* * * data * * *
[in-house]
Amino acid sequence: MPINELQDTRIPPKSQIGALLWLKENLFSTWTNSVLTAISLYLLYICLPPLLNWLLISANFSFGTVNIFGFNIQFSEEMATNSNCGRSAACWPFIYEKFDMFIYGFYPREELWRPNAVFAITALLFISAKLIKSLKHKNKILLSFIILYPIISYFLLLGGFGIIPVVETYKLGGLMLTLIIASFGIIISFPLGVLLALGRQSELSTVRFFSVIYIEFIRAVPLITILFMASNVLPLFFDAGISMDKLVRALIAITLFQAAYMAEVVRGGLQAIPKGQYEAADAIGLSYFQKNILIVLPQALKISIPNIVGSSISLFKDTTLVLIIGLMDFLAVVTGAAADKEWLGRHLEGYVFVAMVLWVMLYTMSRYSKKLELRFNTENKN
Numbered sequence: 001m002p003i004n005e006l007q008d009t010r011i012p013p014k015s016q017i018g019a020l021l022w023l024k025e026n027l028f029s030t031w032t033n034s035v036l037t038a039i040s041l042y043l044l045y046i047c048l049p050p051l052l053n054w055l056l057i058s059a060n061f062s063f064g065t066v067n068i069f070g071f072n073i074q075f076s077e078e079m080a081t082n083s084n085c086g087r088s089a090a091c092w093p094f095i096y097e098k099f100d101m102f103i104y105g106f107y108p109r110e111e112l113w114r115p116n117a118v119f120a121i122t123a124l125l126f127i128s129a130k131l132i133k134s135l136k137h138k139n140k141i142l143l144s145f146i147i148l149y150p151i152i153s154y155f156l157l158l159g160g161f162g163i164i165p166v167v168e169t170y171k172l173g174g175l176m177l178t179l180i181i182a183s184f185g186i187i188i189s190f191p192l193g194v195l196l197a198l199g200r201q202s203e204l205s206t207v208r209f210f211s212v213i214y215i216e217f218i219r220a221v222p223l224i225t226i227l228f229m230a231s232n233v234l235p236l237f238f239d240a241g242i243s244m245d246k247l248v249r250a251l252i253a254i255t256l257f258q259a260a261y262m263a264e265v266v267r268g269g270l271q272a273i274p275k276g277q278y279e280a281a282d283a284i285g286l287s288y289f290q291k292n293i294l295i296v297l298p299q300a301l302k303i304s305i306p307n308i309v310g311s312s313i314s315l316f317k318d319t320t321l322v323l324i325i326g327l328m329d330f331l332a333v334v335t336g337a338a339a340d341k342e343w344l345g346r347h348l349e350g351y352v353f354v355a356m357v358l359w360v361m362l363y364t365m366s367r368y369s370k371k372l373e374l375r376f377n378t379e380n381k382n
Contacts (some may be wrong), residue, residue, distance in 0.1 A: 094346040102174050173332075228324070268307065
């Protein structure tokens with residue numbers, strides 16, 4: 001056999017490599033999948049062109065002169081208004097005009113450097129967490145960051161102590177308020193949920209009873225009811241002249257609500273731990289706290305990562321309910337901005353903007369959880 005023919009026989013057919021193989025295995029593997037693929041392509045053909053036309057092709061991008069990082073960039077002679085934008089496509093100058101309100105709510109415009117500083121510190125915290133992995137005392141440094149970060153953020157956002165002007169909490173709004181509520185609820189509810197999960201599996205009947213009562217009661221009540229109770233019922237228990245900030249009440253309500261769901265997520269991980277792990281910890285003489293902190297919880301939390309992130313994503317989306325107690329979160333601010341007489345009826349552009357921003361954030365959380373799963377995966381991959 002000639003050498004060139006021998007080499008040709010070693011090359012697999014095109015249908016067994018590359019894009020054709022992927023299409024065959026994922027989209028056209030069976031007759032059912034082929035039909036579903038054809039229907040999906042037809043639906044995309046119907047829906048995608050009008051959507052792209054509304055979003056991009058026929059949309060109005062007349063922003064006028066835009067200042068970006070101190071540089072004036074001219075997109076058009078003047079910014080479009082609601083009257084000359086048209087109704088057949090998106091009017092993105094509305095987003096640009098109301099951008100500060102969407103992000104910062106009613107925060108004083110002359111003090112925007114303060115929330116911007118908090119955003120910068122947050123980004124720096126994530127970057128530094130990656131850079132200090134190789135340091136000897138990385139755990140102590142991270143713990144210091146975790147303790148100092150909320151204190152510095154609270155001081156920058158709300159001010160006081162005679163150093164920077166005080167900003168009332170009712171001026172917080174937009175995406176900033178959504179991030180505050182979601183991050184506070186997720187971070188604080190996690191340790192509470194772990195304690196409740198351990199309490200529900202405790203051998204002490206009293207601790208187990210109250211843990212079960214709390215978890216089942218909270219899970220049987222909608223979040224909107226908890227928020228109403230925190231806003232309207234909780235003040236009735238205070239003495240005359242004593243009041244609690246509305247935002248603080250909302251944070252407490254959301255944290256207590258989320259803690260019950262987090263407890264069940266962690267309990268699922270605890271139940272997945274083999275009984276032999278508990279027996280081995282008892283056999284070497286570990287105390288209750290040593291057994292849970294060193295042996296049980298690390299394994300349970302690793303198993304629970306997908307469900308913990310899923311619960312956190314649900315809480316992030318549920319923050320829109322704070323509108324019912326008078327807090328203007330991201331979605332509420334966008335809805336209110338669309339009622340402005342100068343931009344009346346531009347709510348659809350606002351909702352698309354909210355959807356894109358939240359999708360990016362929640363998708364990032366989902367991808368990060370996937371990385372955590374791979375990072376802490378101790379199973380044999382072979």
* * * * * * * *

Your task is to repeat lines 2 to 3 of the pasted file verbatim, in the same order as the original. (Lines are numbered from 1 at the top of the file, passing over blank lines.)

Amino acid sequence: MPINELQDTRIPPKSQIGALLWLKENLFSTWTNSVLTAISLYLLYICLPPLLNWLLISANFSFGTVNIFGFNIQFSEEMATNSNCGRSAACWPFIYEKFDMFIYGFYPREELWRPNAVFAITALLFISAKLIKSLKHKNKILLSFIILYPIISYFLLLGGFGIIPVVETYKLGGLMLTLIIASFGIIISFPLGVLLALGRQSELSTVRFFSVIYIEFIRAVPLITILFMASNVLPLFFDAGISMDKLVRALIAITLFQAAYMAEVVRGGLQAIPKGQYEAADAIGLSYFQKNILIVLPQALKISIPNIVGSSISLFKDTTLVLIIGLMDFLAVVTGAAADKEWLGRHLEGYVFVAMVLWVMLYTMSRYSKKLELRFNTENKN
Numbered sequence: 001m002p003i004n005e006l007q008d009t010r011i012p013p014k015s016q017i018g019a020l021l022w023l024k025e026n027l028f029s030t031w032t033n034s035v036l037t038a039i040s041l042y043l044l045y046i047c048l049p050p051l052l053n054w055l056l057i058s059a060n061f062s063f064g065t066v067n068i069f070g071f072n073i074q075f076s077e078e079m080a081t082n083s084n085c086g087r088s089a090a091c092w093p094f095i096y097e098k099f100d101m102f103i104y105g106f107y108p109r110e111e112l113w114r115p116n117a118v119f120a121i122t123a124l125l126f127i128s129a130k131l132i133k134s135l136k137h138k139n140k141i142l143l144s145f146i147i148l149y150p151i152i153s154y155f156l157l158l159g160g161f162g163i164i165p166v167v168e169t170y171k172l173g174g175l176m177l178t179l180i181i182a183s184f185g186i187i188i189s190f191p192l193g194v195l196l197a198l199g200r201q202s203e204l205s206t207v208r209f210f211s212v213i214y215i216e217f218i219r220a221v222p223l224i225t226i227l228f229m230a231s232n233v234l235p236l237f238f239d240a241g242i243s244m245d246k247l248v249r250a251l252i253a254i255t256l257f258q259a260a261y262m263a264e265v266v267r268g269g270l271q272a273i274p275k276g277q278y279e280a281a282d283a284i285g286l287s288y289f290q291k292n293i294l295i296v297l298p299q300a301l302k303i304s305i306p307n308i309v310g311s312s313i314s315l316f317k318d319t320t321l322v323l324i325i326g327l328m329d330f331l332a333v334v335t336g337a338a339a340d341k342e343w344l345g346r347h348l349e350g351y352v353f354v355a356m357v358l359w360v361m362l363y364t365m366s367r368y369s370k371k372l373e374l375r376f377n378t379e380n381k382n